Well, it stops now. You don’t owe us any more writing. From now on, you owe it to yourselves. All the work you did here more than justifies the prodigious efforts you put into it. But I believe that, going forward, creating a habit of writing may be the most important legacy of Stonecoast to your careers. And I’ll say again what I said at the outset, because it bears repeating. You should get right back into it. Come February 1, I’m hoping you’ll feel good and antsy if you’re not getting regular keyboard time.
And why is it a good thing, this habit of writing? Well, because it gets the work done, that’s obvious. But let me share a controversial opinion I’ve formed over some thirty years working with writers. Talent is overrated. Since I first came to Stonecoast there has been lots of new research in the science of expertise that attempts to document how we master difficult cognitive skills like playing the violin, excelling at chess or writing a masterpiece. And the research all shows whatever contribution talent might make, if it even exists, what really counts in mastery is practice and feedback. Regular practice. Over and over and over. Packet after packet after packet. Of course, you can’t look to Stonecoast for your feedback anymore. But that’s because it’s time to send your work to editors. Time to publish. You’re ready, believe me. Don’t worry about whether you’re talented enough to submit to this market or that. Talent is overrated. When I read work by a writer I really admire, who -- let’s not put too fine a point on it -- writes better than I do, I don’t get all discouraged because I got shortchanged at the talent bank. I just indulge my writing habit and keep practicing. Over and over and over. So should you.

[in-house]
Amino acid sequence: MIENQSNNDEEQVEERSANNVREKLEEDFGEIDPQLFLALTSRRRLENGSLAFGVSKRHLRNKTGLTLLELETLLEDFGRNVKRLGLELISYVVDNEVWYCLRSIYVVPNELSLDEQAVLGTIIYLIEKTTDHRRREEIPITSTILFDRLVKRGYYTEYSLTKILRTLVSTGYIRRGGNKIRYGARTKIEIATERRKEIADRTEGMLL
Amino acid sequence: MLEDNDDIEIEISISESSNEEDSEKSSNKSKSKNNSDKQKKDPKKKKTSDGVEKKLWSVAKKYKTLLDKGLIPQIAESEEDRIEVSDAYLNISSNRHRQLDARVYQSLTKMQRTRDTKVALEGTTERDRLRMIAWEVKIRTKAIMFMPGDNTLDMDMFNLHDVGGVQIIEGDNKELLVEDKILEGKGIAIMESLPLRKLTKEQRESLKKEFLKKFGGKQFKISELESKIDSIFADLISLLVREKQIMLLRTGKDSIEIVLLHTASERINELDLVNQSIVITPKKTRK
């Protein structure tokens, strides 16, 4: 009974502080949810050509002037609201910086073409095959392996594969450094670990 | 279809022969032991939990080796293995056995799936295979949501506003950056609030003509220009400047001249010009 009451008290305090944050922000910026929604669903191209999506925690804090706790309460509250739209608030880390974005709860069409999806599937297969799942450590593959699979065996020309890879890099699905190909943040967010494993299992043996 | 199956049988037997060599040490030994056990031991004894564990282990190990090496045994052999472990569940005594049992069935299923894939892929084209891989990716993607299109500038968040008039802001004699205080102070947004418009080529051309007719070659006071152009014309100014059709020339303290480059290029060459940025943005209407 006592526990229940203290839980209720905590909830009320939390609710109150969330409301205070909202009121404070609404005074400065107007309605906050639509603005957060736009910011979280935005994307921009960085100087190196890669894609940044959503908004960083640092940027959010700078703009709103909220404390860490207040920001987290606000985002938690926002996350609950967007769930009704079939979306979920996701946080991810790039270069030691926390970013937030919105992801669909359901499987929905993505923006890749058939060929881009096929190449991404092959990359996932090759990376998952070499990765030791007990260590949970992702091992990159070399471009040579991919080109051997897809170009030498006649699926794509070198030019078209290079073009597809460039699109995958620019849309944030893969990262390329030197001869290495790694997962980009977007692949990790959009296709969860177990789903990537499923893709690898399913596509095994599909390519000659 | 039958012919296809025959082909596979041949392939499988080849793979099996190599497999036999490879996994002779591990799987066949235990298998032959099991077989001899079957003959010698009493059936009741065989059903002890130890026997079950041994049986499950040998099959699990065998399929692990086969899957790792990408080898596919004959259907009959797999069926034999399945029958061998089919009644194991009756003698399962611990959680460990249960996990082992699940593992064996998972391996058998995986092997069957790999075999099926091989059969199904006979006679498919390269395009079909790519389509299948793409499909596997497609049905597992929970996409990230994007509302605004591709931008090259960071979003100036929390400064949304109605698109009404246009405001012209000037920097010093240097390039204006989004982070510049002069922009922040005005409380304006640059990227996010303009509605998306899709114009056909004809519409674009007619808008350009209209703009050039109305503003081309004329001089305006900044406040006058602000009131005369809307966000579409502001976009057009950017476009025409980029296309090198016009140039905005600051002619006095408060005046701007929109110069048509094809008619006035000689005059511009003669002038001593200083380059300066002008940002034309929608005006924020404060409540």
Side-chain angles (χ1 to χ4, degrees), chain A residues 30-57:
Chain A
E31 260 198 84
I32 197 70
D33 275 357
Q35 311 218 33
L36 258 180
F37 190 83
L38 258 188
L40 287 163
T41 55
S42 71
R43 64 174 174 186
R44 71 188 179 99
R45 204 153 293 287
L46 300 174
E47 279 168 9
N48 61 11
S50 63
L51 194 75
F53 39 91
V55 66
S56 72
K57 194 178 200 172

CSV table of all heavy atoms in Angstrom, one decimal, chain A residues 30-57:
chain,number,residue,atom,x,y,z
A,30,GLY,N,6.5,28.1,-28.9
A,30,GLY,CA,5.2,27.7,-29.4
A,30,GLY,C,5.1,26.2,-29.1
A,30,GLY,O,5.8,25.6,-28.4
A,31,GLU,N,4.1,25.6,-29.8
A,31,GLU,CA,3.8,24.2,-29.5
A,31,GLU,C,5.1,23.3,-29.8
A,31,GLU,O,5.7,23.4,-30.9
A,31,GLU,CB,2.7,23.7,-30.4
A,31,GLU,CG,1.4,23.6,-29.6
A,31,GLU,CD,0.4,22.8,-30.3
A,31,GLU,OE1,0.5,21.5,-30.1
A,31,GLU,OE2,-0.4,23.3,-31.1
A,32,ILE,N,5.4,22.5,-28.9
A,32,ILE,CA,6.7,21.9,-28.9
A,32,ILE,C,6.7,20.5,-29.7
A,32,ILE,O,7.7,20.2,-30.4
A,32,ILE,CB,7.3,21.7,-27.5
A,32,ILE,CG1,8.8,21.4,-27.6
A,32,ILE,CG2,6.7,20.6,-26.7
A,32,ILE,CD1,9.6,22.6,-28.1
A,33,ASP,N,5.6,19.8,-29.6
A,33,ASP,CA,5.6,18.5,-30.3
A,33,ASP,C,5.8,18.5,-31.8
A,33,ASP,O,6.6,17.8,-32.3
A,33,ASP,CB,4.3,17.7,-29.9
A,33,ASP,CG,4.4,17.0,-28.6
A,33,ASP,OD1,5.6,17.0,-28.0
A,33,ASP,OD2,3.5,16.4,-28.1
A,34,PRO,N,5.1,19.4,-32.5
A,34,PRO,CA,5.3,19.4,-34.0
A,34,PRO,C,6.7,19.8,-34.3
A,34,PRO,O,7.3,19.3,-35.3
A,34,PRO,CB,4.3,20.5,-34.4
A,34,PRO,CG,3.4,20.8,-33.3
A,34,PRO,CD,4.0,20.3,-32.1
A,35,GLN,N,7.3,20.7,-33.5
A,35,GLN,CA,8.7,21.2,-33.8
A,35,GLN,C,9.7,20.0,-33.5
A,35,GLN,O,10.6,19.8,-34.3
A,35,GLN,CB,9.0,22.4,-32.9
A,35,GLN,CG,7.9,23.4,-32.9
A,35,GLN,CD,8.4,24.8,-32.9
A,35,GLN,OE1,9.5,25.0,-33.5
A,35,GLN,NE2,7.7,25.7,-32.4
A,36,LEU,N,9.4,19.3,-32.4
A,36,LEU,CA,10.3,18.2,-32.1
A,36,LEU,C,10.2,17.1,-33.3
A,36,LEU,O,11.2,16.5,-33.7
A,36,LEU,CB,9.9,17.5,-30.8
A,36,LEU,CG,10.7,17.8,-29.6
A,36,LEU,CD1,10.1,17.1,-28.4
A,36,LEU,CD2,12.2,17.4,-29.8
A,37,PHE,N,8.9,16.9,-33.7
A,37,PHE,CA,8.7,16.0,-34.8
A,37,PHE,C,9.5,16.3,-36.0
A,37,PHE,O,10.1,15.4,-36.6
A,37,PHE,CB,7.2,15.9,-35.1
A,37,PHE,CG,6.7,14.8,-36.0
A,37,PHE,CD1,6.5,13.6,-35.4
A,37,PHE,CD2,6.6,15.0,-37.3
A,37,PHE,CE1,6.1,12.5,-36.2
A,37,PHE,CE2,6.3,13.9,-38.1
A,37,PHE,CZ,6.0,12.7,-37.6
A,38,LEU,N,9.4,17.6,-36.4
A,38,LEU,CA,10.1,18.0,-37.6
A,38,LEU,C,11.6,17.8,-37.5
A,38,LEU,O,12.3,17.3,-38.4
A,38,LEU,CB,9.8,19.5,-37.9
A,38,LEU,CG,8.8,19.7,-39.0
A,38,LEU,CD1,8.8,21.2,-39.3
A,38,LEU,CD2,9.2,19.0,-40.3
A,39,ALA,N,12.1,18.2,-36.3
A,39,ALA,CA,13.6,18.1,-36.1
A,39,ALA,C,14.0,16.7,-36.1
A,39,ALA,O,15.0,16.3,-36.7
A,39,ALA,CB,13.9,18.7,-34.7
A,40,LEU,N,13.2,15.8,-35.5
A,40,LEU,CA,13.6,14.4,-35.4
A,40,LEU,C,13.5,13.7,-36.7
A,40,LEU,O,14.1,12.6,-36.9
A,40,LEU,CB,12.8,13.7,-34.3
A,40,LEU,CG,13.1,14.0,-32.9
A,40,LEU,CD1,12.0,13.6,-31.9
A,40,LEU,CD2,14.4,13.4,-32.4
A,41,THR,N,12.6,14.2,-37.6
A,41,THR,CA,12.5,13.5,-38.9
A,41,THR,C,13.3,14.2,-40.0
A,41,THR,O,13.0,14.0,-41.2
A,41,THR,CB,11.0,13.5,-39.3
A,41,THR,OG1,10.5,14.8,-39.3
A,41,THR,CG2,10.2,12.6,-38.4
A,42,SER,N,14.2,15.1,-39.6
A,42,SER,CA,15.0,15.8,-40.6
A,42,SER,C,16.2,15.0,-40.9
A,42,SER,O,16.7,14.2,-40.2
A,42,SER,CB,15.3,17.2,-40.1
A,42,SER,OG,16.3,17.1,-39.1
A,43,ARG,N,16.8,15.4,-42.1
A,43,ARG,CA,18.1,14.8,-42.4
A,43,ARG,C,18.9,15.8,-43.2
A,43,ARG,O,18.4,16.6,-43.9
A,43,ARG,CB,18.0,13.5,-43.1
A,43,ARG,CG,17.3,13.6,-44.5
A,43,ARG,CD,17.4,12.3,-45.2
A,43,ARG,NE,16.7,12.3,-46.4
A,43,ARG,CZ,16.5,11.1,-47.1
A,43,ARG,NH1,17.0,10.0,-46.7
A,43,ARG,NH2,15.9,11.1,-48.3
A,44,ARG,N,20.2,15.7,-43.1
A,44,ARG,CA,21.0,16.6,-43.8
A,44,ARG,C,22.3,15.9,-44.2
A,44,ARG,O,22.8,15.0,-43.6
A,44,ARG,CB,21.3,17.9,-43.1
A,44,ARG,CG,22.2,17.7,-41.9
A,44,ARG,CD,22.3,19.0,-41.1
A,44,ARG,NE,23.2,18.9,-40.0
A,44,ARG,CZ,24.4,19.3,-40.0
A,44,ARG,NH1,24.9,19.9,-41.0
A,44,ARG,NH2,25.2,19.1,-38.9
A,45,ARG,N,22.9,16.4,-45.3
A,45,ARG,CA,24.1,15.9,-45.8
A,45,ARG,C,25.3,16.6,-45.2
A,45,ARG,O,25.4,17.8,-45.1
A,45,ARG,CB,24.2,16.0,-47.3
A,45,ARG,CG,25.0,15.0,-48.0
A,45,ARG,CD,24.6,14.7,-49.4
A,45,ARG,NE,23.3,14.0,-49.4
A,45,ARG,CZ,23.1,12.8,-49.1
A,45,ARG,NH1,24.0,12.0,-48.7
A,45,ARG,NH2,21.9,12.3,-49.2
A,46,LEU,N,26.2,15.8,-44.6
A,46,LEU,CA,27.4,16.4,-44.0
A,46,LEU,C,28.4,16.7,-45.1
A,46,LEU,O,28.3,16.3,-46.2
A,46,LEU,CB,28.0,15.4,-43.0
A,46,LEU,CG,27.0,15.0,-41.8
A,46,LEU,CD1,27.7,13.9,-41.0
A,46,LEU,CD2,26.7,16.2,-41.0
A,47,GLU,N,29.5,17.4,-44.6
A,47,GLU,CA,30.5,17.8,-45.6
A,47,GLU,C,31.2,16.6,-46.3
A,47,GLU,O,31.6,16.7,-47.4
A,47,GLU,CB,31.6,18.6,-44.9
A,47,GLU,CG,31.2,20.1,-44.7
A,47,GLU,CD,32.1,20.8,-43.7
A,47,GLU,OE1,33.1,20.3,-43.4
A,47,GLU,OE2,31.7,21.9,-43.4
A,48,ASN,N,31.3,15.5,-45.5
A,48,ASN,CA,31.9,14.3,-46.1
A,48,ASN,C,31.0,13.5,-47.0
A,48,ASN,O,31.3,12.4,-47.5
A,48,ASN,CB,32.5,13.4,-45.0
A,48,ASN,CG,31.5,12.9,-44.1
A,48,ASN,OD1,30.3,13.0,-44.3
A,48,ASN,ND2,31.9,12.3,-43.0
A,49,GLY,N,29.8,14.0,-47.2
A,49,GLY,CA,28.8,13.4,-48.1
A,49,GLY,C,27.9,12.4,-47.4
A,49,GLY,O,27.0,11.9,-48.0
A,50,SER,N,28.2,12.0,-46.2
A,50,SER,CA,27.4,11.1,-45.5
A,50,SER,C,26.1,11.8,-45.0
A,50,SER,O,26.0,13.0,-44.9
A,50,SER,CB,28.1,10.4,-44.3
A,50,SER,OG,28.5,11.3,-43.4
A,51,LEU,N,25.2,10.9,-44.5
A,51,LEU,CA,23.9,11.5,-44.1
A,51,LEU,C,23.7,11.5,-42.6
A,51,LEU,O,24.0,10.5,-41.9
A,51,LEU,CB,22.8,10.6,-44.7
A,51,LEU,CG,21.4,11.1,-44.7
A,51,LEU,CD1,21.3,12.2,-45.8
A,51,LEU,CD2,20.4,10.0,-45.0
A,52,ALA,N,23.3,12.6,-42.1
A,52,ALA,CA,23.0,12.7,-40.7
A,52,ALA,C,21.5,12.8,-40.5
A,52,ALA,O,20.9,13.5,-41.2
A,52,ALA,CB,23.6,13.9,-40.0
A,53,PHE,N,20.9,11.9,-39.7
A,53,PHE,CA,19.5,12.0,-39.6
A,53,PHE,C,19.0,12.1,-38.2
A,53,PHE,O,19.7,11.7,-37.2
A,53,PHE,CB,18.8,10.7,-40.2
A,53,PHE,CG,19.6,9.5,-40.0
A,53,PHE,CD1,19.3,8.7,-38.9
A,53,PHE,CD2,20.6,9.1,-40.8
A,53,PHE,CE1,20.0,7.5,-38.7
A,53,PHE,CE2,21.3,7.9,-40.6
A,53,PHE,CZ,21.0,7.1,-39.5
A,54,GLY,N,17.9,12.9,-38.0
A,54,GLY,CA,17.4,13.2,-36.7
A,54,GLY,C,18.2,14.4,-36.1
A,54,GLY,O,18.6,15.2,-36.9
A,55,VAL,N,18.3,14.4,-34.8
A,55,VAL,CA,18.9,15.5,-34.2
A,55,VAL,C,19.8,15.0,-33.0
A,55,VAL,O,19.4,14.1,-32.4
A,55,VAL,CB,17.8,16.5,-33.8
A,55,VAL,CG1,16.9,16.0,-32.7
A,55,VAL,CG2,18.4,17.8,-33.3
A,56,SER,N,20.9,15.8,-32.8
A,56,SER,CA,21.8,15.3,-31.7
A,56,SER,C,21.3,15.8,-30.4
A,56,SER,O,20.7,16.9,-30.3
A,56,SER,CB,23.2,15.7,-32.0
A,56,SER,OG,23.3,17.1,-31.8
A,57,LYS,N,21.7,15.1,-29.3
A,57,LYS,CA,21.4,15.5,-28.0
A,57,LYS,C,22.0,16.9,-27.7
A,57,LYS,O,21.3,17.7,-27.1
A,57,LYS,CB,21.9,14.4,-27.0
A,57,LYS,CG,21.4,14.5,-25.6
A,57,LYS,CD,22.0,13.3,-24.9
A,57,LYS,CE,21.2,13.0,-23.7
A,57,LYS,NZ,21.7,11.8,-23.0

I’m afraid it’s time for us to move on, graduates. Like you I loved – love Stonecoast, but there is a season to everything. Like you I want to thank Justin and Matt and especially Robin, in my case, who has watched out for me for all the thirteen years of my time here. And we graduating Stonecoasters want to thank the faculty for changing our brains, and our lives. But before we go, one last assignment for you. There is a saying that goes something like this. “It is a poor teacher whose students do not surpass him.” I tried looking up who said that on the internet, but couldn’t find a definitive attribution. Some sites claim it was said by a Zen master like Dogen Zenji, others assigned it to Leonardo da Vinci or Will Rogers.
It is a poor teacher whose students do not surpass him.
All of you who have worked with us have written evaluations of what we do here at Stonecoast. But I put it to you beautiful writers, soon to be graduates, soon to be masters, that you have not yet submitted your final report on our teaching.
Because it is a poor teacher, whose students do not surpass him.
Go out into the wide world, my friends, and make us look good.